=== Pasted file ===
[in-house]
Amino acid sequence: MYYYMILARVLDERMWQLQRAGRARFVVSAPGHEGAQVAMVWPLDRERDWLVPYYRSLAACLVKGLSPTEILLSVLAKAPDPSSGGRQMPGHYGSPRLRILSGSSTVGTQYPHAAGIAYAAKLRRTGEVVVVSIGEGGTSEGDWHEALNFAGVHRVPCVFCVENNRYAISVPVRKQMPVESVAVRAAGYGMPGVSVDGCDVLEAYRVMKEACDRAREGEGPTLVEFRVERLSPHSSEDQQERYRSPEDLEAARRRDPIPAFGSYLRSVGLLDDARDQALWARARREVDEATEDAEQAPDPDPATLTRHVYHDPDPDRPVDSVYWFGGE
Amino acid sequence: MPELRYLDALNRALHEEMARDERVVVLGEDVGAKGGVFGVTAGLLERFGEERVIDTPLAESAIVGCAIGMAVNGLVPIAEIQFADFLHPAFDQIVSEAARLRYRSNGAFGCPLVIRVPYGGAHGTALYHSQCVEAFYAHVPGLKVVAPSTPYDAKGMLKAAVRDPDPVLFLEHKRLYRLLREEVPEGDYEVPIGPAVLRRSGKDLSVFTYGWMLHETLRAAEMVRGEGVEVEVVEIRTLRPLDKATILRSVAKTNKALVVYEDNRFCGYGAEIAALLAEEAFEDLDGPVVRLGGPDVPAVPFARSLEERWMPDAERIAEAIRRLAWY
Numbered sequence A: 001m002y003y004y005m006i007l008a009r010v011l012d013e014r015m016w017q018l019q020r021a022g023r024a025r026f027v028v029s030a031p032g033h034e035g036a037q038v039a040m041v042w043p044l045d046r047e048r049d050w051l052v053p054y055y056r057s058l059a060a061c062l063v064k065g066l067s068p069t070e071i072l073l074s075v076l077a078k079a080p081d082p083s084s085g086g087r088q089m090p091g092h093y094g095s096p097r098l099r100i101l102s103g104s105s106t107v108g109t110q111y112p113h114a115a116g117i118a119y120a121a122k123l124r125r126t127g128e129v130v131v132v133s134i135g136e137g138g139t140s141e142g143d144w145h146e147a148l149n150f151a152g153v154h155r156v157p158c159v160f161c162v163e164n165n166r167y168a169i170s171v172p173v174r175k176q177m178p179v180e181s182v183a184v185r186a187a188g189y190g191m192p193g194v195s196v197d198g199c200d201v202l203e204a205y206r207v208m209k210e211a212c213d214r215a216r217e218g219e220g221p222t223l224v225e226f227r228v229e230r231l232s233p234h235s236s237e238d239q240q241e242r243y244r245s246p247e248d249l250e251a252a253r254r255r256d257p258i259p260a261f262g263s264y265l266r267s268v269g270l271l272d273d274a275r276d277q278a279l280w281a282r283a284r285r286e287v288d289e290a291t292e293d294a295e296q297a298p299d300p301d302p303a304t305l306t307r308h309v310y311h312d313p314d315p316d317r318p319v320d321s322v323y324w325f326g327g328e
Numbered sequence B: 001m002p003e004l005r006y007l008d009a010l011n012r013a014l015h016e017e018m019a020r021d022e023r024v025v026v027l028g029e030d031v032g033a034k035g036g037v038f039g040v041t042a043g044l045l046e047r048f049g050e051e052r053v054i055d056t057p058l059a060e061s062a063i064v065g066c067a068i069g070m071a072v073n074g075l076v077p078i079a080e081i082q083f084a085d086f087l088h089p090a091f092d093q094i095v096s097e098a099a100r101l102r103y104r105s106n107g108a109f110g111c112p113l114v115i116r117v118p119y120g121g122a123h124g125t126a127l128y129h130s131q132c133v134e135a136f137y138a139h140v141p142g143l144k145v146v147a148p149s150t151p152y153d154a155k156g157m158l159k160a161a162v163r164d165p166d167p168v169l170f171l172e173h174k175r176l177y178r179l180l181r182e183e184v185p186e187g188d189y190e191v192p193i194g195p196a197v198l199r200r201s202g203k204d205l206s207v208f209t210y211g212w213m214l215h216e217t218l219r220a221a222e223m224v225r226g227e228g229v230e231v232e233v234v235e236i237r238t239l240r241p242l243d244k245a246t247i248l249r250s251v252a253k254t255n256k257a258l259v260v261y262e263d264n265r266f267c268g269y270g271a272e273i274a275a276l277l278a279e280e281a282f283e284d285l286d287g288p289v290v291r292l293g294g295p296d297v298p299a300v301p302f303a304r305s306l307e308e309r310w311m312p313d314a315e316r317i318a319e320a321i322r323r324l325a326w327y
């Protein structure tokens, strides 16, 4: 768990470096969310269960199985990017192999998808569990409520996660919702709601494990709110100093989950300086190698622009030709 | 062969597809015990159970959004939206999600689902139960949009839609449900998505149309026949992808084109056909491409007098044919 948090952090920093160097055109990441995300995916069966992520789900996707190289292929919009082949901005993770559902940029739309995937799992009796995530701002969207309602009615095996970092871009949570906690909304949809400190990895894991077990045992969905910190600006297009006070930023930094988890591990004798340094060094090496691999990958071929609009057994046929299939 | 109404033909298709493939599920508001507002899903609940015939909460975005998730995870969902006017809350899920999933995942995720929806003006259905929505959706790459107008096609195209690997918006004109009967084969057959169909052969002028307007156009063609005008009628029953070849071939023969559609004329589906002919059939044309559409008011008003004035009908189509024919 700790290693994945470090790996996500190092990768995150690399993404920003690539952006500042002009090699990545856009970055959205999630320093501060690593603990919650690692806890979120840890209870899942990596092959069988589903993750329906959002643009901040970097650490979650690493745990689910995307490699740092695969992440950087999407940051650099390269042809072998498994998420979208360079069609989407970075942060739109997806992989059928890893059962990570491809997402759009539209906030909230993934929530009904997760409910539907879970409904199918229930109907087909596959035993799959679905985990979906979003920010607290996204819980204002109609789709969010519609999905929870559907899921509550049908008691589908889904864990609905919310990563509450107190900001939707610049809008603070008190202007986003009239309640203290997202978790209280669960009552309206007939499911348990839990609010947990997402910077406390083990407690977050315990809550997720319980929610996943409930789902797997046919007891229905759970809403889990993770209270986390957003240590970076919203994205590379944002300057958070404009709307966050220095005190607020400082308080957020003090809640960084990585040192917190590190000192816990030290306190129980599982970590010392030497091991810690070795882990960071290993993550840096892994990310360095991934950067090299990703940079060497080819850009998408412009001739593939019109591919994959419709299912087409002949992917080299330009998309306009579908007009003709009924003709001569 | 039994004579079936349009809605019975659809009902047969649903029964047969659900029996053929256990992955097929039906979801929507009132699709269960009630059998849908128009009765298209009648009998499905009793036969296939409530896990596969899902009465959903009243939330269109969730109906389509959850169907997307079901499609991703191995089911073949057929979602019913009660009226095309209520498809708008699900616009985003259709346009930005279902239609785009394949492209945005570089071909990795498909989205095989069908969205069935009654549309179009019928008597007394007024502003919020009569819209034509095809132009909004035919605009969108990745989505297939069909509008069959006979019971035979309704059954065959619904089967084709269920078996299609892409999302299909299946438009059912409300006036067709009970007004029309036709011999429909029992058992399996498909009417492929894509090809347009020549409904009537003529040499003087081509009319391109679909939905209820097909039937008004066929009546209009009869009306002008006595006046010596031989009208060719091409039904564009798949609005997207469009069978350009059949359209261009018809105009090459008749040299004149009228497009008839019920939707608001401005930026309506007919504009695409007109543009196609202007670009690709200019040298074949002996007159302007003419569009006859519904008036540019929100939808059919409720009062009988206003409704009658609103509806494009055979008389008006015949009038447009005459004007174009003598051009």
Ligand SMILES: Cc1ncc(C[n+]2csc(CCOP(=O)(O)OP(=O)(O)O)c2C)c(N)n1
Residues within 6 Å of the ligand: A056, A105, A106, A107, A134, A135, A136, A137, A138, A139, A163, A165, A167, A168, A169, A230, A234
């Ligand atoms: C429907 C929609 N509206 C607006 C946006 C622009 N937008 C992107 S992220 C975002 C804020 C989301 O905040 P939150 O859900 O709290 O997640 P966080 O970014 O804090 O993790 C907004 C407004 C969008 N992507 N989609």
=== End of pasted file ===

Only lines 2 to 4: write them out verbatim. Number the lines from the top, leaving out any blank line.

Amino acid sequence: MYYYMILARVLDERMWQLQRAGRARFVVSAPGHEGAQVAMVWPLDRERDWLVPYYRSLAACLVKGLSPTEILLSVLAKAPDPSSGGRQMPGHYGSPRLRILSGSSTVGTQYPHAAGIAYAAKLRRTGEVVVVSIGEGGTSEGDWHEALNFAGVHRVPCVFCVENNRYAISVPVRKQMPVESVAVRAAGYGMPGVSVDGCDVLEAYRVMKEACDRAREGEGPTLVEFRVERLSPHSSEDQQERYRSPEDLEAARRRDPIPAFGSYLRSVGLLDDARDQALWARARREVDEATEDAEQAPDPDPATLTRHVYHDPDPDRPVDSVYWFGGE
Amino acid sequence: MPELRYLDALNRALHEEMARDERVVVLGEDVGAKGGVFGVTAGLLERFGEERVIDTPLAESAIVGCAIGMAVNGLVPIAEIQFADFLHPAFDQIVSEAARLRYRSNGAFGCPLVIRVPYGGAHGTALYHSQCVEAFYAHVPGLKVVAPSTPYDAKGMLKAAVRDPDPVLFLEHKRLYRLLREEVPEGDYEVPIGPAVLRRSGKDLSVFTYGWMLHETLRAAEMVRGEGVEVEVVEIRTLRPLDKATILRSVAKTNKALVVYEDNRFCGYGAEIAALLAEEAFEDLDGPVVRLGGPDVPAVPFARSLEERWMPDAERIAEAIRRLAWY
Numbered sequence A: 001m002y003y004y005m006i007l008a009r010v011l012d013e014r015m016w017q018l019q020r021a022g023r024a025r026f027v028v029s030a031p032g033h034e035g036a037q038v039a040m041v042w043p044l045d046r047e048r049d050w051l052v053p054y055y056r057s058l059a060a061c062l063v064k065g066l067s068p069t070e071i072l073l074s075v076l077a078k079a080p081d082p083s084s085g086g087r088q089m090p091g092h093y094g095s096p097r098l099r100i101l102s103g104s105s106t107v108g109t110q111y112p113h114a115a116g117i118a119y120a121a122k123l124r125r126t127g128e129v130v131v132v133s134i135g136e137g138g139t140s141e142g143d144w145h146e147a148l149n150f151a152g153v154h155r156v157p158c159v160f161c162v163e164n165n166r167y168a169i170s171v172p173v174r175k176q177m178p179v180e181s182v183a184v185r186a187a188g189y190g191m192p193g194v195s196v197d198g199c200d201v202l203e204a205y206r207v208m209k210e211a212c213d214r215a216r217e218g219e220g221p222t223l224v225e226f227r228v229e230r231l232s233p234h235s236s237e238d239q240q241e242r243y244r245s246p247e248d249l250e251a252a253r254r255r256d257p258i259p260a261f262g263s264y265l266r267s268v269g270l271l272d273d274a275r276d277q278a279l280w281a282r283a284r285r286e287v288d289e290a291t292e293d294a295e296q297a298p299d300p301d302p303a304t305l306t307r308h309v310y311h312d313p314d315p316d317r318p319v320d321s322v323y324w325f326g327g328e